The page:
The English word “believe” comes from a Proto-Indo-European root meaning “to care, desire, love.” Beginning in the sixteenth century, “believe” came to mean “to give intellectual assent to something,” but it originally was closer to “to hold dear, to give one’s heart to something.”[3] That’s the meaning in my mind when I listen to this Peter Himmelman song. Ted says that he has given his heart to money, to vengeance, to fame, and they got him nowhere. Money gave him only the clawing, insatiable desire for more and more, the fear that he would never have enough. Vengeance hurt him at least as much as it hurt the people he took revenge on, poisoning relationships and confirming his fear that no one cared about him. Fame promised him the world and then abandoned him, leaving him afraid that he didn’t matter. These three kept him a prisoner, trapped in a lonely, unfulfilling, empty life. If he had given his heart to love, he could have found the freedom from fear that he longed for.

Our faith tradition recognizes a close relationship between love and God. Jewish and Christian scriptures both describe God’s love for humankind and humans’ obligation to love God. Jesus quotes the Shema, the foundational declaration of Jewish faith, when he says that the command to love God is the greatest of all commandments, the one we are to use to interpret all other commandments. John the evangelist writes that human beings are able to love because God first loved us. John even makes an equation out of the two; he states that God is love (1 Jn 4:7-8). So what does it mean to love God, who is Love? What does it mean to give our hearts, our souls, our minds to God?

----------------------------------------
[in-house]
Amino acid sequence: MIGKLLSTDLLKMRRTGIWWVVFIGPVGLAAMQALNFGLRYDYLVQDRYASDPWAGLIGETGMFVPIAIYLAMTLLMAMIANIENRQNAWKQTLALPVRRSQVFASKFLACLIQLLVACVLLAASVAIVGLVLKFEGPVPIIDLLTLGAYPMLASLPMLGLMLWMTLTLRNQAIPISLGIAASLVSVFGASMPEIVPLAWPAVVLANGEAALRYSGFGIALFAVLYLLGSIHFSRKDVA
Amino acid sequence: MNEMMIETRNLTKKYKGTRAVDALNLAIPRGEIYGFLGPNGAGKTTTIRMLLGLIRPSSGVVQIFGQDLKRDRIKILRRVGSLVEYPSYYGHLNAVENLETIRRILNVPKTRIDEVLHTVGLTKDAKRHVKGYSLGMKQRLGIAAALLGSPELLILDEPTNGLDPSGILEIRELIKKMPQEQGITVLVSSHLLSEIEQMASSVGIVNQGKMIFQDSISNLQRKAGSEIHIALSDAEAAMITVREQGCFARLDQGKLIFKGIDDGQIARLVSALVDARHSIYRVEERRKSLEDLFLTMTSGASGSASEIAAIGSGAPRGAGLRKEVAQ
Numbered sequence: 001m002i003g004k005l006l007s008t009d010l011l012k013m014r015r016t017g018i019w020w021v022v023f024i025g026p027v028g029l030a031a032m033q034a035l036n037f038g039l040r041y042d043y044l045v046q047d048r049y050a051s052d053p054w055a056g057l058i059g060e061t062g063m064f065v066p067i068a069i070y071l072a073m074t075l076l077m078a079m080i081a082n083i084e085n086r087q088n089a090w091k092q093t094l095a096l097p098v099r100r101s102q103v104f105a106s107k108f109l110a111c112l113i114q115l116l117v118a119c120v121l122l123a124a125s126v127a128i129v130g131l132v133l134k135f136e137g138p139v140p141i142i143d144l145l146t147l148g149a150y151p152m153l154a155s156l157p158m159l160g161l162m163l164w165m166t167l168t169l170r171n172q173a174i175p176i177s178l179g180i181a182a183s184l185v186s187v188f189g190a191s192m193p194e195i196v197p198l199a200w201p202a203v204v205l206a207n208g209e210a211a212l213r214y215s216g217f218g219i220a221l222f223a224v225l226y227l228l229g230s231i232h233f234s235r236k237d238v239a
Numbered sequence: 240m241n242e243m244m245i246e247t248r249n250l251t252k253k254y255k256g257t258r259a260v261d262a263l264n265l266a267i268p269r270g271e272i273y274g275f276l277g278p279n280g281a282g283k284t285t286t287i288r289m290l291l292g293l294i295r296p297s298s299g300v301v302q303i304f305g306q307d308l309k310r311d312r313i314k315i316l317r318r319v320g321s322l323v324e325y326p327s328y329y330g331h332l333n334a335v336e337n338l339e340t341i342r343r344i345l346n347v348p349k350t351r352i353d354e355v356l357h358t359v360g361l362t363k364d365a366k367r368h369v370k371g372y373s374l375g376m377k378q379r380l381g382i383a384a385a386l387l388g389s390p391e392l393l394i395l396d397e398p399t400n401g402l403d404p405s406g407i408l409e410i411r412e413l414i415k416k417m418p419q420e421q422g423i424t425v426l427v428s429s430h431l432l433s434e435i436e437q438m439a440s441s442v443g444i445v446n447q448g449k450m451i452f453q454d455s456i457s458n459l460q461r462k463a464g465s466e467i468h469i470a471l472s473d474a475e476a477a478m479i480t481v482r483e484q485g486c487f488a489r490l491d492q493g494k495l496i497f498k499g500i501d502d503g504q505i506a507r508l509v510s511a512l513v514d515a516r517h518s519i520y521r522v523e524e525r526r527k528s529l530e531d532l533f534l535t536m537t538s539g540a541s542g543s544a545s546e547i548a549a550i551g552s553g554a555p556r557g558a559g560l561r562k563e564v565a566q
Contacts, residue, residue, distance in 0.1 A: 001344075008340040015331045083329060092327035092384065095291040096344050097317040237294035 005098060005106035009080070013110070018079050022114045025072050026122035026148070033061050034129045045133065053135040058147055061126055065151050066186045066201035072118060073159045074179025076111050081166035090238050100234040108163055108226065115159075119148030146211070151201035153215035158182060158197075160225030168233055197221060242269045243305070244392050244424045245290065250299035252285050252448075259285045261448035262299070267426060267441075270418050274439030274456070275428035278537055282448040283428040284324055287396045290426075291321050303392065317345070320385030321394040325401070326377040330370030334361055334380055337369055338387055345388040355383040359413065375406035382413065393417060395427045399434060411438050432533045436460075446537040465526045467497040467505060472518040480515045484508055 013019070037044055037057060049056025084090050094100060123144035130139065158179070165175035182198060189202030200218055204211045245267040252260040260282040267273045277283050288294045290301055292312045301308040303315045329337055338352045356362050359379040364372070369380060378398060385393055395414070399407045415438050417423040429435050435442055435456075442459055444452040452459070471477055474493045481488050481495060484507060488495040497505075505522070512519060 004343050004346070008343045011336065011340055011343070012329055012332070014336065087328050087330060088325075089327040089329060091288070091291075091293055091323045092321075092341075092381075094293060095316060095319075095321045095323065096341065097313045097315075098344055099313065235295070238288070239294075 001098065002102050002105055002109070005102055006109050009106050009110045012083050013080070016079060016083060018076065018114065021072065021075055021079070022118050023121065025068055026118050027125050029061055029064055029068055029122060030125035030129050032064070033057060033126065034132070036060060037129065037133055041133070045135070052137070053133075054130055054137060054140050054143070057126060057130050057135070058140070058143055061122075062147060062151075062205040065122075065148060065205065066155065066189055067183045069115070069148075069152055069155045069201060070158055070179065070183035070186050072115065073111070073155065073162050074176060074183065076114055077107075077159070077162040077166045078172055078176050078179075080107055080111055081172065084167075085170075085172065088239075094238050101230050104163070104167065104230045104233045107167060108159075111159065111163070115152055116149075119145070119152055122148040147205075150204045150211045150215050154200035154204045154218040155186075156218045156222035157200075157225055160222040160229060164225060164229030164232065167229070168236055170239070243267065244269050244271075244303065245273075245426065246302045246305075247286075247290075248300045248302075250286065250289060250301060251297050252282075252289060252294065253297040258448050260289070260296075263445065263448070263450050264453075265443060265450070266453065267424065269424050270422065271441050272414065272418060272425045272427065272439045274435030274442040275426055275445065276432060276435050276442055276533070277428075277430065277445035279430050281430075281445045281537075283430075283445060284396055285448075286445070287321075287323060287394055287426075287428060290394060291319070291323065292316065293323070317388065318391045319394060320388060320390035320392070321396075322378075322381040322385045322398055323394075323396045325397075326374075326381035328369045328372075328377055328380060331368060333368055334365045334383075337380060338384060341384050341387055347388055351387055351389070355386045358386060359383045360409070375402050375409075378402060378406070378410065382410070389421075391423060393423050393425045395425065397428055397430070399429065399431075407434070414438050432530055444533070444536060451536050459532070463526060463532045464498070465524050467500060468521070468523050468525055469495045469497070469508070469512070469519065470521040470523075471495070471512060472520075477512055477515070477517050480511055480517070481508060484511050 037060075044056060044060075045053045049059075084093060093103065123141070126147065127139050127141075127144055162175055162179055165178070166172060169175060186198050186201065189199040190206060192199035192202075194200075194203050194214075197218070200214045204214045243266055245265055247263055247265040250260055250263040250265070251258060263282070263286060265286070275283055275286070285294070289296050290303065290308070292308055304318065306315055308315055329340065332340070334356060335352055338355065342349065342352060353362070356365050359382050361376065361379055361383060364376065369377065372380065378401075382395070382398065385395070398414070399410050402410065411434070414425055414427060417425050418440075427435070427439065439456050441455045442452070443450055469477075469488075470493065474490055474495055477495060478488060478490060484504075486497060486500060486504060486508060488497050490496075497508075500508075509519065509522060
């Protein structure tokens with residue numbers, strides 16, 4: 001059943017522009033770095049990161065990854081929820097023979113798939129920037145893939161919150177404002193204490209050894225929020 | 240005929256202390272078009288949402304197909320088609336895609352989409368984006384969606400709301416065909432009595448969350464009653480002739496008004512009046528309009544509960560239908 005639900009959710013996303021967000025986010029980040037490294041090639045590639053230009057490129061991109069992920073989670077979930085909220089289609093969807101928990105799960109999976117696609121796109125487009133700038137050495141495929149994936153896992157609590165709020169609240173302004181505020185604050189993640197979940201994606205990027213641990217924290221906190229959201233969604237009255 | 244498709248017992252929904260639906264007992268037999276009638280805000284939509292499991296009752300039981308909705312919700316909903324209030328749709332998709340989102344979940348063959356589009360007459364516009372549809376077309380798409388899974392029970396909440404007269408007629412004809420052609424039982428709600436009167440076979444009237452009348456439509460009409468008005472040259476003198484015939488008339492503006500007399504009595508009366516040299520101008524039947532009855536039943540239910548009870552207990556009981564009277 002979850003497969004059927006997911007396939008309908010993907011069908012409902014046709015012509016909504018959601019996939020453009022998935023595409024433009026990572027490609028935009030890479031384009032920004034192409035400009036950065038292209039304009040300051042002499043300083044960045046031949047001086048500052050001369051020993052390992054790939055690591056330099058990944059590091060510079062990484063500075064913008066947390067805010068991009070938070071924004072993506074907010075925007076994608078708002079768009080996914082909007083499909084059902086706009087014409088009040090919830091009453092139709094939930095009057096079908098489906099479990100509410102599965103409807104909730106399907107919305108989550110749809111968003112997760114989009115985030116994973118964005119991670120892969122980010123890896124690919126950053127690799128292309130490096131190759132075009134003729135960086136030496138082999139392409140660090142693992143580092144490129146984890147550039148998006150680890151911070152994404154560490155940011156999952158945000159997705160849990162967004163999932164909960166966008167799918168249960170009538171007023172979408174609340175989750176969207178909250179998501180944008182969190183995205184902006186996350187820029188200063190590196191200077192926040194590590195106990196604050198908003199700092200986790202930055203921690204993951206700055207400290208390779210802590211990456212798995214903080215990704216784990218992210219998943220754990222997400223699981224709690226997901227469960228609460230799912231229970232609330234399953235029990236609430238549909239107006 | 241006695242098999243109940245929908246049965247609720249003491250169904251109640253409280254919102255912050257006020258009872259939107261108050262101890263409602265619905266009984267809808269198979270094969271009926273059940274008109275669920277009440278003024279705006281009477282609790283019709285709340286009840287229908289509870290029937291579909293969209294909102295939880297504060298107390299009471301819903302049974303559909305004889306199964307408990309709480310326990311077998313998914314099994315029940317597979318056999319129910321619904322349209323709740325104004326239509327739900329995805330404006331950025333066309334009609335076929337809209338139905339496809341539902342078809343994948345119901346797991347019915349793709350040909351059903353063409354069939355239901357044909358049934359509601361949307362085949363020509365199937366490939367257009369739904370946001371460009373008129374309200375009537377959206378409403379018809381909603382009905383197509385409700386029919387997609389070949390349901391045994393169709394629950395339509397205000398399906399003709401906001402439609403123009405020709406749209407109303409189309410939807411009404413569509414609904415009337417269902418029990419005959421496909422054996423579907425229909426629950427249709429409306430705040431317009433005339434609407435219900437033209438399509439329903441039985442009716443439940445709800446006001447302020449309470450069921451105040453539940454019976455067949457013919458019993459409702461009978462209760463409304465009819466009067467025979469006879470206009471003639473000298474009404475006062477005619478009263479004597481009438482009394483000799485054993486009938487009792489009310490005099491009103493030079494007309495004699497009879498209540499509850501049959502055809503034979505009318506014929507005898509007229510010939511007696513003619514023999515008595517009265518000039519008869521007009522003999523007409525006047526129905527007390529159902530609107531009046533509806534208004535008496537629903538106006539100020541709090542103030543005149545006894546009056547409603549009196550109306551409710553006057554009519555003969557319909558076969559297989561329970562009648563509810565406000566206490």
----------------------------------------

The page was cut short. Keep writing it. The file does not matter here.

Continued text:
I wonder if John the evangelist has the right starting point. John says it all begins with God’s love for us. That love was born in creation, where God made us out of the dust of the earth so that we could be holy as God is holy. It flowered in God choosing a people as God’s own, then extending that choice to encompass all peoples, so that we are God’s people and God is our God. And that love reached its fullest expression in Jesus. God’s love for us is so great that God chose to share our life as human beings. God’s love drove Jesus to preach to everyone who would listen, eat with outcasts, heal the sick, confront demons, and challenge the powerful. He wouldn’t stop until they killed him––and then, even death could not keep him from us. God’s love for us transcends the boundary of death. It is unconditional. It cannot be lost. It never ends. It doesn’t depend on us being worthy, or on us behaving or thinking in a certain way. It cannot be earned, because it’s not possible to deserve love so deep, so broad, so high. God offers it because it is God’s nature to love.